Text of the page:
Most of us have experienced something in our past that we feel still negatively affects us today. Your mom wasn’t as available as you wish because she was depressed, had some other mental health issue, or drank too much. Your parents fought a lot—maybe even physically—and you remember hiding as a kid to try not to listen. You always felt criticized and belittled by the ones who were supposed to love you.

Or maybe the memories are even scarier: You were the victim of physical or sexual abuse. You’ve experienced sexual assault or have otherwise been the victim of violence. Your parents were addicted to drugs or alcohol or were in and out of jail. Your neighborhood wasn’t a safe place to live and you maybe even witnessed life-threatening crimes.

Does any of this sound or feel familiar?

“Be willing to have it so. Acceptance of what has happened
Is the first step to overcoming the consequences of any misfortune.”

William James, Founder of American Psychology

What is “Trauma?”

Psychological trauma is “an event, series of events, or set of circumstances that is experienced by an individual as physically or emotionally harmful or life threatening and that has lasting adverse effects on the individual’s functioning and mental, physical, social, emotional, or spiritual well-being.”  [See].  The event(s) does not have to be experienced by the person him or herself; it can also include scary events that one witnessed or learned about, generally involving someone they are close to.  See Diagnostic and Statistical Manual of Mental Disorders (5th ed., DSM-5, American Psychiatric Assn, 2013).  Trauma-based events may involve violent crime, sexual abuse or assault, physical or emotional abuse, neglect, domestic violence, school violence and bullying, homelessness, natural disasters, war, accidents such as a car or plane crash, among others. Sometimes the scary event happened one time.  In other cases, however, the experiences are chronic, prolonged and pervasive, such as childhood abuse and neglect.  Trauma is now proven to even be historical and intergenerational, that is, traumatic experiences that occurred in your family generations ago may still have emotional and psychological effects on you today.

How Does Trauma Affect Us?

A difficult experience may not affect everyone the same.  “Trauma is not what happens to us–trauma is the result of what happens inside of us based on what happens to us.”  And the fact that we generally endure it alone.  Gabor Mate, Canadian Physician.  In other words, it is not the event(s) that determine whether something is traumatic, but a person’s experience of the event and the meaning they make of it.  The more chronic the difficult experience and the younger one is when the experience occurs, generally the more likely it is to affect a person long-term.

When scary things happen, there may be lasting structural and functional effects on the parts of our brains that are involved in the stress response.  We may become more wired to perceive danger, even where it may no longer exist.  Because we are easily triggered to feel unsafe, we experience much of life from a framework of fight, flight or freeze to ensure we stay safe and get our needs met.  In this process, we may become disconnected from our feelings and the ability to be in the present moment.  We may carry shame about who we are.  We may never really learn how to self-regulate or manage our emotions.  As adults, we come to realize that the go-to reactions we once developed to help us survive may not be really working any more.  Our relationships suffer.  Our sense of self suffers.  We aren’t meeting our goals or perhaps can’t even figure out what they should be.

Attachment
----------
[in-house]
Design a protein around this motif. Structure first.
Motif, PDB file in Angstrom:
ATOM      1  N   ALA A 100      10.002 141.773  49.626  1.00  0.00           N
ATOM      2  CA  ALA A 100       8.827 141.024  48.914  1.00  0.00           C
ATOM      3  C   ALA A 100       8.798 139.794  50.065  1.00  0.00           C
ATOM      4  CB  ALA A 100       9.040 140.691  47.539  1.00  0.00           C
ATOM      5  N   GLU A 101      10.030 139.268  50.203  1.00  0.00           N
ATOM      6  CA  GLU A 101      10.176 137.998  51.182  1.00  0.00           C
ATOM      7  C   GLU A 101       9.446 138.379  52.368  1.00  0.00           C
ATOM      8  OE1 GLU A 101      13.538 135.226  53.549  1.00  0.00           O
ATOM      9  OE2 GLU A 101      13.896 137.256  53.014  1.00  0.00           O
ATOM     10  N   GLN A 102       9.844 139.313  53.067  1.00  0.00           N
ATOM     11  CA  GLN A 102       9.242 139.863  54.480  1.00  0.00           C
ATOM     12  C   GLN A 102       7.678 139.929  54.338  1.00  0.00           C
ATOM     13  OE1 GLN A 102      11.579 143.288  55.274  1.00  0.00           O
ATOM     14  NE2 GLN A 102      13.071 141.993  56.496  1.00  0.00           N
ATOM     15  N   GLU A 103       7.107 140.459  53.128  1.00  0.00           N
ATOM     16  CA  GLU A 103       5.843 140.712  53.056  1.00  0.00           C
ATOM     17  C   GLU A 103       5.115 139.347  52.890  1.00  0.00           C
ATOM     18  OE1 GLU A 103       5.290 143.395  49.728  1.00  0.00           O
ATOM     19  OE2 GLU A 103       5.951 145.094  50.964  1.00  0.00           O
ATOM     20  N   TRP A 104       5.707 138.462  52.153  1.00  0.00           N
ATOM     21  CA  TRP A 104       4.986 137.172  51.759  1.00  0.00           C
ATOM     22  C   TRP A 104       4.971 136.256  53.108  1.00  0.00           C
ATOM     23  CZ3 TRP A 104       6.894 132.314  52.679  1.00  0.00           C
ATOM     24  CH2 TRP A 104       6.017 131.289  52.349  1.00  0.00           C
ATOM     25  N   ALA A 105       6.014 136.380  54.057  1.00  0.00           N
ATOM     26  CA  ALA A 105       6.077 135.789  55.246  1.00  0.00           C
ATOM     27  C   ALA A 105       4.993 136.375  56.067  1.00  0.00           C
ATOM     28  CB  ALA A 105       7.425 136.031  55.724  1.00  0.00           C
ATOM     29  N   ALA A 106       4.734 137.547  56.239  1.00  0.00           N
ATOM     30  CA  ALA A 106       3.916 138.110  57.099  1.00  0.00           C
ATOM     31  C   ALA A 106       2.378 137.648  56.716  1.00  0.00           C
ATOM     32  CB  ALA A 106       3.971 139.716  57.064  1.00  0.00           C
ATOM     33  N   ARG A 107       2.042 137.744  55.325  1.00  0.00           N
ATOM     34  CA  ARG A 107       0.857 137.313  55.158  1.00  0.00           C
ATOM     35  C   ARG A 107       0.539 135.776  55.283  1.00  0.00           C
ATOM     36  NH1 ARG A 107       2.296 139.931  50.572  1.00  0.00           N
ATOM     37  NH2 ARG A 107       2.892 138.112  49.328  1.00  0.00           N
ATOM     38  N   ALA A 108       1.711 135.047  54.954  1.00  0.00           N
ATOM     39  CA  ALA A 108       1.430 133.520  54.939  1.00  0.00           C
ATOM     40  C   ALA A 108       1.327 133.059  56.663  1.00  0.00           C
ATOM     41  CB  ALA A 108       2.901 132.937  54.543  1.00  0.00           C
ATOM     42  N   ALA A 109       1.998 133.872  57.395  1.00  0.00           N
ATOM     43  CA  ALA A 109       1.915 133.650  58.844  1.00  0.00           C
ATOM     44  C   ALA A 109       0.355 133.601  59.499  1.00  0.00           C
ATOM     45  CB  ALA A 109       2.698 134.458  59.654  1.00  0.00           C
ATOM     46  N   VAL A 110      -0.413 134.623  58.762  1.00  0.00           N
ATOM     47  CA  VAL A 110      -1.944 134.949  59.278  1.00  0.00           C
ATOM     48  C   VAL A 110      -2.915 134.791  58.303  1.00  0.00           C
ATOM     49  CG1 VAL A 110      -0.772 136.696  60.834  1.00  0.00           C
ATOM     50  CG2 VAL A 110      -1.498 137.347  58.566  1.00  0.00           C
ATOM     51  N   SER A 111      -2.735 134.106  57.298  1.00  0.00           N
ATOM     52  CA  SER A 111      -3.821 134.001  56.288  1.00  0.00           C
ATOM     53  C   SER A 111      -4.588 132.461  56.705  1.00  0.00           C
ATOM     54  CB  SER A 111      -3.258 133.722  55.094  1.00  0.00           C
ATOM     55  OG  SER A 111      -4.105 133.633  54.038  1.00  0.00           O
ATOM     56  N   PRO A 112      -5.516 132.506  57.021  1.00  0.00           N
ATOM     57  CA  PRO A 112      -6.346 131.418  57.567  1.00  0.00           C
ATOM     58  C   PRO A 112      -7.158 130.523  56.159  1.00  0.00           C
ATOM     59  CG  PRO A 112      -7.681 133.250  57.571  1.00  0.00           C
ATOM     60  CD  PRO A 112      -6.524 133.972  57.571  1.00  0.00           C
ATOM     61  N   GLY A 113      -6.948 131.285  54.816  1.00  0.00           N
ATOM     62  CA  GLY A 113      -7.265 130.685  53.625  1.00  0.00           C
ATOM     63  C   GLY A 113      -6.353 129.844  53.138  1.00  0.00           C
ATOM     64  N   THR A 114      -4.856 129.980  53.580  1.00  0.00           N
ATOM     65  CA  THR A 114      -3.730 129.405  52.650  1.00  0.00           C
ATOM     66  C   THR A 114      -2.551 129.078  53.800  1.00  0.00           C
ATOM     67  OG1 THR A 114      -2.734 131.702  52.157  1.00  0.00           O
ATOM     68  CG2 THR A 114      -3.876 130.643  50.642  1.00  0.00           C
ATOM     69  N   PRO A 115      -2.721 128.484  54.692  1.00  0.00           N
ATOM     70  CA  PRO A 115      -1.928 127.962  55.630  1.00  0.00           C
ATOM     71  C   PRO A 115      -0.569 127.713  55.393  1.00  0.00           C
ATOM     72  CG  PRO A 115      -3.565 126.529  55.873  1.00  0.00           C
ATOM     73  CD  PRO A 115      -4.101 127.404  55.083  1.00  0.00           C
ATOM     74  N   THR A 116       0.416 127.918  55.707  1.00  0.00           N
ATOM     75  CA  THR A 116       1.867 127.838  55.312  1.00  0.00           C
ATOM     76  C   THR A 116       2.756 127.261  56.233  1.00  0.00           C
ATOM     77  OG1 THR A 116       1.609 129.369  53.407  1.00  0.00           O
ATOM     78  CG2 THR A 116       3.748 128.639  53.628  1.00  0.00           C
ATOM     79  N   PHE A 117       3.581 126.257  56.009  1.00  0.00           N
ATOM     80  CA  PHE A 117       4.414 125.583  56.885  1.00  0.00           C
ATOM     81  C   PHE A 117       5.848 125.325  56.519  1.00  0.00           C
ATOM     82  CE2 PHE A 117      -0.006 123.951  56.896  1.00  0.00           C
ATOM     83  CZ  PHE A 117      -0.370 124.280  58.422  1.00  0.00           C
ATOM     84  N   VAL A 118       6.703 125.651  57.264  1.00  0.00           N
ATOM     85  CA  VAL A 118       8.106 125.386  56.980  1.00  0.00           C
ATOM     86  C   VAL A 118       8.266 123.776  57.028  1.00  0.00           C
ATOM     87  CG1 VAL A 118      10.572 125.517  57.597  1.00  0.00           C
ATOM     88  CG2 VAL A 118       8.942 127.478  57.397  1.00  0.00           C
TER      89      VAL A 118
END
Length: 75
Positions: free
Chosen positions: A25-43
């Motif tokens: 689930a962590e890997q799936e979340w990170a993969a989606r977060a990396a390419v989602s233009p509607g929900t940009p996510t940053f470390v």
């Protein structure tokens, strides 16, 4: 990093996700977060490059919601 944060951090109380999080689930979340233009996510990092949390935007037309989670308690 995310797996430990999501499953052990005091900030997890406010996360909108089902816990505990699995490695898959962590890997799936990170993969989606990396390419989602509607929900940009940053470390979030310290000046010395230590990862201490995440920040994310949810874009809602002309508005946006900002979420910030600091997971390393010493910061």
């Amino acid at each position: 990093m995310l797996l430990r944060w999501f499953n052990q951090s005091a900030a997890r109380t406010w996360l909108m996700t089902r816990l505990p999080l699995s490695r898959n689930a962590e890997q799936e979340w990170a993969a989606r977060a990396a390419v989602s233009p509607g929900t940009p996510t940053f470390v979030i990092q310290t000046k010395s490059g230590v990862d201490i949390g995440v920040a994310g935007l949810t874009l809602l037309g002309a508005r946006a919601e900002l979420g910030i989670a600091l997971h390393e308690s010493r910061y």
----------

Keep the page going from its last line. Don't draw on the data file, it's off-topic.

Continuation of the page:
Early trauma can have a profound and lasting negative impact on both our mental and physical health.  The Adverse Childhood Experiences (ACE) Study found that serious childhood traumas can lead to increased risk of depression and other mental health issues, suicide attempts, smoking, alcoholism and illicit substance use, adolescent pregnancy, multiple sexual partners and unintended pregnancies, heart disease, liver disease, intimate partner violence, STDs and even early death. See

I am no longer afraid of storms
For I am learning how to sail my ship

Louise May Alcott, American writer

What Can We Do About It?

Our work isn’t to forget the bad stuff.  Indeed, our experiences are part of what now make us unique and special.  Nor is our work to “fix” our wounded selves.  The insight and depth we gain from overcoming adversity is huge and should be cherished as our strength. 

Rather, our journey is to figure out how to let the past stay in the past, appreciate our strength in enduring it, and let our nervous systems heal and re-wire so we can live a more productive, calm and present day-to-day life.  Our own inner spirit, perhaps with some additional guidance and nurturance, will then transform our trauma into healing. 

In addition to supporting clients in recognizing, acknowledging and witnessing their trauma experiences, I also use “bottom-up” interventions to help their bodies and minds work through and release their trauma.  These techniques tap into ways releasing trauma from our cellular bodies and neural networks and help rewire the brain to allow more access to less reactivity and present moment joy. See the Interventions page for more information.

I honor and align with your natural capacity to heal.  While recognizing and validating your trauma, I believe that you are not defined by what happened to you. Together, we will approach your experiences with compassion and without judgment.  Together, we will work to place the hard stuff into perspective so that you can remember your True Self, the one that thrives and knows joy.

If this sounds like you and you are ready to move toward peace and wholeness, call today for an appointment:  828-691-4538